Centre for Internet & Society

Gurshabad Grover and Torsha Sarkar along with Rajashri Seal and Neil Trivedi co-authored a paper that examined the constitutionality of the government prohibition on the broadcast of news against private and community FM channels.

In the article, the authors also mapped chronologically the history of the development of community and private radio channels in India. As part of the legal analysis, the authors examined the prohibition on the touchstones of existing Indian jurisprudence on media freedom and speech rights. Finally, they also utilized some key points made by the Additional Solicitor General in the Shreya Singhal case, to propose an alternative regulatory framework that would address both the interests of the radio channels and the government.

In 1995, the Supreme Court declared airwaves to be public property in the seminal case of The Secretary, Ministry of Information and Broadcasting v Cricket Association of Bengal, and created the stepping stones for liberalization of broadcasting media from government monopoly. Despite this, community radio and private FM channels, in their nearly two decades of existence, have been unable to broadcast their own news content because of the Government’s persisting prohibition on the same.In this paper, we document the historical developments surrounding the issue, and analyse the constitutional validity of this prohibition on the touchstone of the existing jurisprudence on free speech and media freedom. Additionally, we also propose an alternative regulatory framework which would assuage the government’s apprehensions regarding radicalisation through radio spaces, as well as ensure that the autonomy of these stations is not curtailed.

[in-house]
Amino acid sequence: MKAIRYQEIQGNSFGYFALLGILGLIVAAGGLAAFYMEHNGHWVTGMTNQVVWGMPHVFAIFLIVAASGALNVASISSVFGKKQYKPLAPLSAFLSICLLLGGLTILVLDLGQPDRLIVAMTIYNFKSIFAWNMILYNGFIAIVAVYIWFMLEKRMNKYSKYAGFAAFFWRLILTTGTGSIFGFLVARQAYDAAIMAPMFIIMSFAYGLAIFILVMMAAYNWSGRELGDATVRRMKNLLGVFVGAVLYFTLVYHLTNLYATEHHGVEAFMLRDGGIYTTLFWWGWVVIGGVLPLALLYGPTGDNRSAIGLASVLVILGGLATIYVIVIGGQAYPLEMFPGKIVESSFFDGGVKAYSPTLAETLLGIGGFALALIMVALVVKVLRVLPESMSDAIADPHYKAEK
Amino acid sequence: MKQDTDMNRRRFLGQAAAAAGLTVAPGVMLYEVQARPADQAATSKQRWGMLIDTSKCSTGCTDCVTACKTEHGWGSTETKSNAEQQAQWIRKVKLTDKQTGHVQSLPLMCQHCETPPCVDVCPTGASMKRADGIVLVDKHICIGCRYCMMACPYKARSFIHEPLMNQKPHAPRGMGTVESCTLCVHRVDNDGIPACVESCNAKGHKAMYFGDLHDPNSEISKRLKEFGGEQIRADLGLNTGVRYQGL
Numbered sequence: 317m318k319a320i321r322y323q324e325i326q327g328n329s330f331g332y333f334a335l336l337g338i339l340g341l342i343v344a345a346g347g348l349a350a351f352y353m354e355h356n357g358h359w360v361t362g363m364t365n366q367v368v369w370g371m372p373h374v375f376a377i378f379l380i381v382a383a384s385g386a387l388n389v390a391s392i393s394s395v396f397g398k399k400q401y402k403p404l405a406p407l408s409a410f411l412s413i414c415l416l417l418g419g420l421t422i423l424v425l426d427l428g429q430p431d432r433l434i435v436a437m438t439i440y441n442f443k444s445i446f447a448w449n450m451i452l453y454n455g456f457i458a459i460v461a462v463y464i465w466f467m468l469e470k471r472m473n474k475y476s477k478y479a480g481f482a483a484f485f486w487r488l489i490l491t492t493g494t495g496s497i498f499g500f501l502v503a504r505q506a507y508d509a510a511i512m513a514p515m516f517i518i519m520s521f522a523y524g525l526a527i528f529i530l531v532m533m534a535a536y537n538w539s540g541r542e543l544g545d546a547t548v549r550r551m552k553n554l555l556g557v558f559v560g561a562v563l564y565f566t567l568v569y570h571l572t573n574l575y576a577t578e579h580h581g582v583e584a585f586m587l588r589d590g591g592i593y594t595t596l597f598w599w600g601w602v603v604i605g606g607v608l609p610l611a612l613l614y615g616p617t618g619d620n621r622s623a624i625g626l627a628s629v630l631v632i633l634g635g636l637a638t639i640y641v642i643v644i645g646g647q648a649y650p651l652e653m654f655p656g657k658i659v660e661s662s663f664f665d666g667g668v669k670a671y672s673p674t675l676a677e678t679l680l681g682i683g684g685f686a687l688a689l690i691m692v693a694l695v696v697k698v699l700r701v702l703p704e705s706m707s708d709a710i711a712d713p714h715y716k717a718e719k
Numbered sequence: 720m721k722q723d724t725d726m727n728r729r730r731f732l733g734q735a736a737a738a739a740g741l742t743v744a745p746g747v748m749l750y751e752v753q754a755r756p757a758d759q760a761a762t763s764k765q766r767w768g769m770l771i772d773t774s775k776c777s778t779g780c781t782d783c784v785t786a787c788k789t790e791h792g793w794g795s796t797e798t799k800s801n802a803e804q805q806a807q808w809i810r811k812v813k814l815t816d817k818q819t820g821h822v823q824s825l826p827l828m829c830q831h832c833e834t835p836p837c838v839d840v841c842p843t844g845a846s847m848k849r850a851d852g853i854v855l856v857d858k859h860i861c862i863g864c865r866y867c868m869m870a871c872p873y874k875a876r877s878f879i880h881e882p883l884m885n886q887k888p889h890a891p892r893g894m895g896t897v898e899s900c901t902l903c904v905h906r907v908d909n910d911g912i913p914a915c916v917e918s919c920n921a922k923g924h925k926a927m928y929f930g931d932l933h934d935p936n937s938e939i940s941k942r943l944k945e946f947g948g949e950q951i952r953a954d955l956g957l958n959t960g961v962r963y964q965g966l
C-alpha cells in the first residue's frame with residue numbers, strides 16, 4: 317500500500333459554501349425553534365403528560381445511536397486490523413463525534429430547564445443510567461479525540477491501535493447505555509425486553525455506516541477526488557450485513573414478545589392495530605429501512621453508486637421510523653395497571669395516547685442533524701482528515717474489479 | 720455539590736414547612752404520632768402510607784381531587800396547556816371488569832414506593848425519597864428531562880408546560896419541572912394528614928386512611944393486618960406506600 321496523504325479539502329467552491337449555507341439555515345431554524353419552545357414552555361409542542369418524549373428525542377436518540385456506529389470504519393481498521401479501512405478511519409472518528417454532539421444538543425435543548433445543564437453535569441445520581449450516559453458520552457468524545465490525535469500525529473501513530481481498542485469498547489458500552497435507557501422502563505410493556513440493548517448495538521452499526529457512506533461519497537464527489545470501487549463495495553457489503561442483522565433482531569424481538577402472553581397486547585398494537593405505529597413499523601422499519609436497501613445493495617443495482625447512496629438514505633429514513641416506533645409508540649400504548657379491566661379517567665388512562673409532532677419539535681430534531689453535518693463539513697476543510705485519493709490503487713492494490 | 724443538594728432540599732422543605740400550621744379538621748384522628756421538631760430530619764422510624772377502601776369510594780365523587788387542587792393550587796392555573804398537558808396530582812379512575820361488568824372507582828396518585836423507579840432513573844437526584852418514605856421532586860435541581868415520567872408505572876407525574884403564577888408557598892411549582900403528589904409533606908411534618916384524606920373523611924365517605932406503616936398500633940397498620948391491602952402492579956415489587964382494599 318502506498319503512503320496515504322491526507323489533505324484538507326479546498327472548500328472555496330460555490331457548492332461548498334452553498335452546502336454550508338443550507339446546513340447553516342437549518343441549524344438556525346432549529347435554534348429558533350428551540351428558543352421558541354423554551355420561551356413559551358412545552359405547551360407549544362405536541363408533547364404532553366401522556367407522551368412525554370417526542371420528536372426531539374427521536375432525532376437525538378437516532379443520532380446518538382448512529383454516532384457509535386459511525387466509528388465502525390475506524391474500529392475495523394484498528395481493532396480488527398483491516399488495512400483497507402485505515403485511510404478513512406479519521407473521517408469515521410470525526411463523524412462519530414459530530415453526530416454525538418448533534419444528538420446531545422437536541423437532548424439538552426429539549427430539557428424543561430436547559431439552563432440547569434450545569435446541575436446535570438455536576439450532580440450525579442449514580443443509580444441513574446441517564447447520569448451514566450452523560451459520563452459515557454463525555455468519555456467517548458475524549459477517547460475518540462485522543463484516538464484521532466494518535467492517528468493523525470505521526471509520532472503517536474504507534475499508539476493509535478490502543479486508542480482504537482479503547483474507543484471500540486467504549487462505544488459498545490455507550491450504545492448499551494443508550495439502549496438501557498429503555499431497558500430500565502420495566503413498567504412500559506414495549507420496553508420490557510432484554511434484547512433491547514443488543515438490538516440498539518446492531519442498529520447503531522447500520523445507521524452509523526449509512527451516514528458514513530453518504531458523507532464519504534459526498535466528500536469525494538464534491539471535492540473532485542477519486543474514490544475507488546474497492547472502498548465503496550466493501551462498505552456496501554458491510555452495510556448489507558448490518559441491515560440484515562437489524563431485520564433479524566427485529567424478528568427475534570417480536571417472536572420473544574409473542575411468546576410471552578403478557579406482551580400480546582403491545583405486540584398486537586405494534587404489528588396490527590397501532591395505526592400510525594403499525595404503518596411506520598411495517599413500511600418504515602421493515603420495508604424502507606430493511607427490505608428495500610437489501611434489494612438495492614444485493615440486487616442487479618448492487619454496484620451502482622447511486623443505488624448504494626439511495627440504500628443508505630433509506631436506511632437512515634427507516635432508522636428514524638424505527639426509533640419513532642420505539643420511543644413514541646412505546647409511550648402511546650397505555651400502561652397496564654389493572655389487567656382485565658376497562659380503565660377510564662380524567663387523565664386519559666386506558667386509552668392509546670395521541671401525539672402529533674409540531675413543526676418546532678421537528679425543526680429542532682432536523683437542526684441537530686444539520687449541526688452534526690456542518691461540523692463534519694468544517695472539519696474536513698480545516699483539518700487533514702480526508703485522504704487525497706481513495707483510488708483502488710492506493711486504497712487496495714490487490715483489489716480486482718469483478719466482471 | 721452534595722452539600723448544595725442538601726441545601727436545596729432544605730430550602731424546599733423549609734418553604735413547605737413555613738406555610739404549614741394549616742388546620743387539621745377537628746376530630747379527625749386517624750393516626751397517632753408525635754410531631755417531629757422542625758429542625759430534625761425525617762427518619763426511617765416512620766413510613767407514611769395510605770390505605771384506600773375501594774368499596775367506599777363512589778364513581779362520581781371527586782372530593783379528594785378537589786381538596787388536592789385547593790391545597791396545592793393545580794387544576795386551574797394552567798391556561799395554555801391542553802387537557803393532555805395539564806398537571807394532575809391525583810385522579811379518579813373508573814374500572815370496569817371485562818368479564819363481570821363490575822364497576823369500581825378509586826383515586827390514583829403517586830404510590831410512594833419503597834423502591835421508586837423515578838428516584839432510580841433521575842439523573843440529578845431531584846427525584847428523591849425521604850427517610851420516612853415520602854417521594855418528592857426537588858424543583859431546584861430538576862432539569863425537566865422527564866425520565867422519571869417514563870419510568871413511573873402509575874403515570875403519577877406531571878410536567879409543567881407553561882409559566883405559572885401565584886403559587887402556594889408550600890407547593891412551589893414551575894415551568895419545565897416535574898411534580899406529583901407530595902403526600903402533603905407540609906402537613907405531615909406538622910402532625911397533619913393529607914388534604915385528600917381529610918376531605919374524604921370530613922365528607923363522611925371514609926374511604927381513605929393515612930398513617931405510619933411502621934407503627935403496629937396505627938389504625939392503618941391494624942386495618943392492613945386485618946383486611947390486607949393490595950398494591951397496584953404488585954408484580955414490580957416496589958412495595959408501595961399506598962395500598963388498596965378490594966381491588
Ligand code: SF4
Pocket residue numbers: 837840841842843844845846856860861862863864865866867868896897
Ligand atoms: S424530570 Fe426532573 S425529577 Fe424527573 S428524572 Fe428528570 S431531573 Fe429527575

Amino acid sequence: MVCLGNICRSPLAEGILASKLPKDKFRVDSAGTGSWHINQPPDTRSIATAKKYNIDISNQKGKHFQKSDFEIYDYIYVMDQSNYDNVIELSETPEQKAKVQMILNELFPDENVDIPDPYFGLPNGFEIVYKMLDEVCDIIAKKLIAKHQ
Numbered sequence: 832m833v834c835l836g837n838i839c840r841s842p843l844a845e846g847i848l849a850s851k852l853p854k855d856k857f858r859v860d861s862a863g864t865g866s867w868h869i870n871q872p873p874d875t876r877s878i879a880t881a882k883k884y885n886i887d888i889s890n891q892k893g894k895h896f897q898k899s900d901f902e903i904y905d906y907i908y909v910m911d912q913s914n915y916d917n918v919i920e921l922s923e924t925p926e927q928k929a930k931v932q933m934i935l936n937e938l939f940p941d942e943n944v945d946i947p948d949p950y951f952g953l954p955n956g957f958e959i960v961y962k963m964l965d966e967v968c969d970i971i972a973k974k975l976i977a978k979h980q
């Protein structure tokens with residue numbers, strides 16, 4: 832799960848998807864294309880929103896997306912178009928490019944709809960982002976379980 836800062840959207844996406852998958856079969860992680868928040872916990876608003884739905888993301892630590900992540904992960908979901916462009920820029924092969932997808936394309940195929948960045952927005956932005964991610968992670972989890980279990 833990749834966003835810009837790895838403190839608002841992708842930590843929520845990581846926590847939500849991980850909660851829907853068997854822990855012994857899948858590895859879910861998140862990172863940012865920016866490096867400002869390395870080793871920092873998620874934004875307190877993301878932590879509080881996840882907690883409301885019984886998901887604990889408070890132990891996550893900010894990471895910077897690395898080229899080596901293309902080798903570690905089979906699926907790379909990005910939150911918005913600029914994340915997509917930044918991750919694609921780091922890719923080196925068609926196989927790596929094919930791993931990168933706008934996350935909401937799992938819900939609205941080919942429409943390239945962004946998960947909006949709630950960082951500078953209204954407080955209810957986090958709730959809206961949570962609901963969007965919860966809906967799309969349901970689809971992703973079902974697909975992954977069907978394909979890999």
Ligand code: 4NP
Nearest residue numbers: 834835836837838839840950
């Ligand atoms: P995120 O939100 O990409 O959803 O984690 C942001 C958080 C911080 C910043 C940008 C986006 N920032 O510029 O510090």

Click to download the full paper by NLUD Journal of Legal Studies here.

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